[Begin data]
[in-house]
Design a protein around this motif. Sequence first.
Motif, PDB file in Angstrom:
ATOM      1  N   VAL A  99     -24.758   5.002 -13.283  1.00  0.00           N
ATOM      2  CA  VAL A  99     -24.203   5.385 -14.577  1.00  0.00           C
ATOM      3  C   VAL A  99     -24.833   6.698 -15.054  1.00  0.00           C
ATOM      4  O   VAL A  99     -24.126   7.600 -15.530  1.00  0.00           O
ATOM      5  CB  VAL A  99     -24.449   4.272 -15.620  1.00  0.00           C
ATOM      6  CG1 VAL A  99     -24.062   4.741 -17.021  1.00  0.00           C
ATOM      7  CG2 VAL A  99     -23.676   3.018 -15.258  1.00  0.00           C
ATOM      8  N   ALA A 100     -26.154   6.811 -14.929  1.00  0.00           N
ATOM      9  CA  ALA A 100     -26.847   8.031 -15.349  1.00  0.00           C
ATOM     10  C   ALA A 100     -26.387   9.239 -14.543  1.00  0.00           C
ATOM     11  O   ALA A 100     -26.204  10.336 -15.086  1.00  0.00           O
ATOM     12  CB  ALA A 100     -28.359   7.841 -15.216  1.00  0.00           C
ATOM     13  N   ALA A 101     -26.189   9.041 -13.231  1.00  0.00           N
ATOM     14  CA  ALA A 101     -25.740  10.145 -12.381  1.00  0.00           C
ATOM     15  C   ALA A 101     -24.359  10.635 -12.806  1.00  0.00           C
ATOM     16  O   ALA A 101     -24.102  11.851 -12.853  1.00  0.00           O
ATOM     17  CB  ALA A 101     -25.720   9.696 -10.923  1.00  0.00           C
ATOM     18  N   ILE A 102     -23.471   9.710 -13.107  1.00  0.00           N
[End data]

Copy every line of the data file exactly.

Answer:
[in-house]
Design a protein around this motif. Sequence first.
Motif, PDB file in Angstrom:
ATOM      1  N   VAL A  99     -24.758   5.002 -13.283  1.00  0.00           N
ATOM      2  CA  VAL A  99     -24.203   5.385 -14.577  1.00  0.00           C
ATOM      3  C   VAL A  99     -24.833   6.698 -15.054  1.00  0.00           C
ATOM      4  O   VAL A  99     -24.126   7.600 -15.530  1.00  0.00           O
ATOM      5  CB  VAL A  99     -24.449   4.272 -15.620  1.00  0.00           C
ATOM      6  CG1 VAL A  99     -24.062   4.741 -17.021  1.00  0.00           C
ATOM      7  CG2 VAL A  99     -23.676   3.018 -15.258  1.00  0.00           C
ATOM      8  N   ALA A 100     -26.154   6.811 -14.929  1.00  0.00           N
ATOM      9  CA  ALA A 100     -26.847   8.031 -15.349  1.00  0.00           C
ATOM     10  C   ALA A 100     -26.387   9.239 -14.543  1.00  0.00           C
ATOM     11  O   ALA A 100     -26.204  10.336 -15.086  1.00  0.00           O
ATOM     12  CB  ALA A 100     -28.359   7.841 -15.216  1.00  0.00           C
ATOM     13  N   ALA A 101     -26.189   9.041 -13.231  1.00  0.00           N
ATOM     14  CA  ALA A 101     -25.740  10.145 -12.381  1.00  0.00           C
ATOM     15  C   ALA A 101     -24.359  10.635 -12.806  1.00  0.00           C
ATOM     16  O   ALA A 101     -24.102  11.851 -12.853  1.00  0.00           O
ATOM     17  CB  ALA A 101     -25.720   9.696 -10.923  1.00  0.00           C
ATOM     18  N   ILE A 102     -23.471   9.710 -13.107  1.00  0.00           N